Supply chain – The COVID 19 pandemic has certainly had the impact of its impact on the world. Economic indicators and health have been affected and all industries are touched within a way or even some other. One of the industries in which this was clearly apparent is the agriculture as well as food industry.
Throughout 2019, the Dutch farming and food industry contributed 6.4 % to the yucky domestic item (CBS, 2020). Based on the FoodService Instituut, the foodservice industry in the Netherlands dropped € 7.1 billion in 2020. The hospitality industry lost 41.5 % of its turnover as show by ProcurementNation, while at the identical time supermarkets increased their turnover with € 1.8 billion.
Disruptions of the food chain have big consequences for the Dutch economy and food security as many stakeholders are impacted. Though it was clear to majority of men and women that there was a great effect at the tail end of the chain (e.g., hoarding in food markets, restaurants closing) and at the start of the chain (e.g., harvested potatoes not searching for customers), you will find numerous actors within the source chain for which the impact is much less clear. It’s thus vital that you figure out how effectively the food supply chain as being a whole is actually armed to deal with disruptions. Researchers from the Operations Research as well as Logistics Group at Wageningen Faculty as well as out of Wageningen Economics Research, led by Professor Sander de Leeuw, analyzed the effects of the COVID 19 pandemic all over the food supply chain. They based their analysis on interviews with about thirty Dutch source chain actors.
Demand within retail up, contained food service down It’s evident and well known that need in the foodservice stations went down as a result of the closure of places, amongst others. In a few instances, sales for suppliers in the food service business thus fell to about twenty % of the initial volume. Being an adverse reaction, demand in the retail channels went up and remained within a level of aproximatelly 10-20 % higher than before the crisis started.
Products which had to come from abroad had the own problems of theirs. With the shift in demand from foodservice to retail, the requirement for packaging improved dramatically, More tin, glass and plastic material was necessary for wearing in consumer packaging. As much more of this product packaging material ended up in consumers’ houses instead of in joints, the cardboard recycling process got disrupted also, causing shortages.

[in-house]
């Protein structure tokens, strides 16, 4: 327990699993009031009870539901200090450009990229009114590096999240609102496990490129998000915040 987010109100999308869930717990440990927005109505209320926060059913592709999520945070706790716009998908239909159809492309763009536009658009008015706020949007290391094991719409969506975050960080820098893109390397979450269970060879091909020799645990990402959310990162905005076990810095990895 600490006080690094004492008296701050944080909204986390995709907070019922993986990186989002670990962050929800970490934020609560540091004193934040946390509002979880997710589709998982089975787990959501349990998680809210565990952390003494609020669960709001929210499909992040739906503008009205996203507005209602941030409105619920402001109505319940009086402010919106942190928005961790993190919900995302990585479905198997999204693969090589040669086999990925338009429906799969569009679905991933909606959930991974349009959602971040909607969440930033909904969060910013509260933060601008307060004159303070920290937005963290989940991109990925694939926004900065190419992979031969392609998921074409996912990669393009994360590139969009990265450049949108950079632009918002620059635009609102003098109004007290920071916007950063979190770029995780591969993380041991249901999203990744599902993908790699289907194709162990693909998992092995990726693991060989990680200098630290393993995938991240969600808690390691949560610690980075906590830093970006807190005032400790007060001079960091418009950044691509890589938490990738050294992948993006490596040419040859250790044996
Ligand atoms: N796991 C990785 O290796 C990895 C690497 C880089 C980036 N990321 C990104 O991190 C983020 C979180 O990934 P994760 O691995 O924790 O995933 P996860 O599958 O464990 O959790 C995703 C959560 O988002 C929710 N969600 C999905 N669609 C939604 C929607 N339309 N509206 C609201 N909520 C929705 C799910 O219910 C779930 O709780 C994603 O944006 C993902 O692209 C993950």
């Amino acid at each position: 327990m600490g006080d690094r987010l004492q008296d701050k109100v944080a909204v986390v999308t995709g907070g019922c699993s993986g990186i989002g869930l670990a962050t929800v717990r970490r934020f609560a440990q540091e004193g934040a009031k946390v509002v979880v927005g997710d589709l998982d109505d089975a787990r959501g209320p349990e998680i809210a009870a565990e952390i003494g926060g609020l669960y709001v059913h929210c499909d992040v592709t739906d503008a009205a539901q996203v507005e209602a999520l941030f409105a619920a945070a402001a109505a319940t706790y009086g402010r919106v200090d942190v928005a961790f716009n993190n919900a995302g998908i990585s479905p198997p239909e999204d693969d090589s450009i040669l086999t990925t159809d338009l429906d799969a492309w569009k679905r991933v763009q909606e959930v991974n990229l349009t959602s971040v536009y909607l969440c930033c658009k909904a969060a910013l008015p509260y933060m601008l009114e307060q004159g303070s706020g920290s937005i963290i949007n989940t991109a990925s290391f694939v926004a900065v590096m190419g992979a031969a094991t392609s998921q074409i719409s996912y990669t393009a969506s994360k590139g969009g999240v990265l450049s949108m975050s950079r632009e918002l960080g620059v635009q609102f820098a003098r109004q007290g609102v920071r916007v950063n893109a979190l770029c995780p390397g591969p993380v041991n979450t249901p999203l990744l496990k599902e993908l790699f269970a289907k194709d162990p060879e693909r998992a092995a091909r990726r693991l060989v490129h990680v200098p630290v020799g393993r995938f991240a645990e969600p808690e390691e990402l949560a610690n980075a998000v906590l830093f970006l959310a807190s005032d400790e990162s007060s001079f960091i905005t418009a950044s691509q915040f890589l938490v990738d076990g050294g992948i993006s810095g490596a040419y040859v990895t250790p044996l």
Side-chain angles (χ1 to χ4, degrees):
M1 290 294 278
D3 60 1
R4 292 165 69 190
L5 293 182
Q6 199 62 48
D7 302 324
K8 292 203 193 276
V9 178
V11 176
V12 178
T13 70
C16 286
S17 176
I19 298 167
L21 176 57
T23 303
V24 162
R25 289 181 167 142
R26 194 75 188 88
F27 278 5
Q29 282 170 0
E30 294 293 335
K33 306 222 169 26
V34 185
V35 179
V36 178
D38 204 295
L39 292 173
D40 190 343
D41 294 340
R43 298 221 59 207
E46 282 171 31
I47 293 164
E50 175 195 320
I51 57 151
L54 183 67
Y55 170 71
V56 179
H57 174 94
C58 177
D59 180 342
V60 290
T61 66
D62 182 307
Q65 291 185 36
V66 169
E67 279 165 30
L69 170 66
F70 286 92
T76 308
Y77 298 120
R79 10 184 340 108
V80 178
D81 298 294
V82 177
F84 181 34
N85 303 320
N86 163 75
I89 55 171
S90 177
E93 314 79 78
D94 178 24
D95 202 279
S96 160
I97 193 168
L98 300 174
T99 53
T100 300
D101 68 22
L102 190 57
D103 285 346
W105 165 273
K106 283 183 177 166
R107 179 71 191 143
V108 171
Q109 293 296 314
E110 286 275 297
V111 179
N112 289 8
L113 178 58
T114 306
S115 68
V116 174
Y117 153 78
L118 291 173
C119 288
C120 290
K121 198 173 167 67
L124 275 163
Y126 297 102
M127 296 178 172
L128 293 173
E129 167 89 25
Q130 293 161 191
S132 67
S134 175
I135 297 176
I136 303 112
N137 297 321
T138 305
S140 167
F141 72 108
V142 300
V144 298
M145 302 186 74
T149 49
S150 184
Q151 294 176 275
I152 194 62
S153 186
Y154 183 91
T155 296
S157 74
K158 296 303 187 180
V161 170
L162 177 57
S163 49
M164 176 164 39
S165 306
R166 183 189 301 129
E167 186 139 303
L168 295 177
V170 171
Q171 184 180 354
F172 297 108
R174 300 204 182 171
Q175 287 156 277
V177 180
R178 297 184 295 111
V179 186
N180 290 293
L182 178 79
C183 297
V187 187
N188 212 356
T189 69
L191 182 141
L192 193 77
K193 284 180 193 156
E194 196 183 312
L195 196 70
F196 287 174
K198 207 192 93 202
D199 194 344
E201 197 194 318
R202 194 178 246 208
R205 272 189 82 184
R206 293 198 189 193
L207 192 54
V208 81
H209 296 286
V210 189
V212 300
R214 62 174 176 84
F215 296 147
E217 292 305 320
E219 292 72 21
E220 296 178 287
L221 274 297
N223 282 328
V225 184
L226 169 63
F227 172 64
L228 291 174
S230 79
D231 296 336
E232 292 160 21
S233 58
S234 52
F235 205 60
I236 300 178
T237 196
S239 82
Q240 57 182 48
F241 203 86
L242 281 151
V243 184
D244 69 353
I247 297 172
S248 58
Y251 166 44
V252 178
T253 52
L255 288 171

The shifts in need have had a major affect on output activities. In a few cases, this even meant a full stop in production (e.g. in the duck farming business, which emerged to a standstill as a result of demand fall-out on the foodservice sector). In other cases, a significant part of the personnel contracted corona (e.g. in the various meats processing industry), causing a closure of facilities.
Supply chain – Distribution pursuits were also affected. The beginning of the Corona crisis of China caused the flow of sea canisters to slow down fairly soon in 2020. This resulted in transport electrical capacity that is restricted during the earliest weeks of the crisis, and expenses which are high for container transport as a consequence. Truck transportation encountered various problems. At first, there were uncertainties regarding how transport would be handled for borders, which in the long run weren’t as strict as feared. What was problematic in cases that are a large number of , nonetheless, was the accessibility of drivers.
The response to COVID 19 – deliver chain resilience The supply chain resilience evaluation held by Prof. de Leeuw and Colleagues, was based on the overview of the primary elements of supply chain resilience:
Using this framework for the evaluation of the interview, the findings show that not many organizations were well prepared for the corona problems and in reality mostly applied responsive practices. Probably the most notable supply chain lessons were:
Figure 1. 8 best methods for food supply chain resilience
First, the need to create the supply chain for agility as well as versatility. This appears especially challenging for smaller companies: building resilience into a supply chain takes attention and time in the organization, and smaller organizations oftentimes don’t have the capability to accomplish that.
Second, it was discovered that more attention was needed on spreading danger and aiming for risk reduction within the supply chain. For the future, what this means is more attention has to be provided to the manner in which businesses rely on suppliers, customers, and specific countries.
Third, attention is needed for explicit prioritization as well as clever rationing techniques in situations in which need can’t be met. Explicit prioritization is actually necessary to keep on to meet market expectations but also to increase market shares wherein competitors miss options. This task isn’t new, however, it’s also been underexposed in this problems and was frequently not a component of preparatory activities.
Fourthly, the corona crisis shows us that the monetary effect of a crisis also is determined by the way cooperation in the chain is actually set up. It’s often unclear how extra costs (and benefits) are sent out in a chain, in case at all.
Last but not least, relative to other functional departments, the operations and supply chain features are in the driving seat during a crisis. Product development and marketing and advertising activities have to go hand in deep hand with supply chain activities. Regardless of whether the corona pandemic will structurally replace the traditional discussions between creation and logistics on the one hand and marketing and advertising on the other, the long term will need to tell.
How is the Dutch food supply chain coping throughout the corona crisis?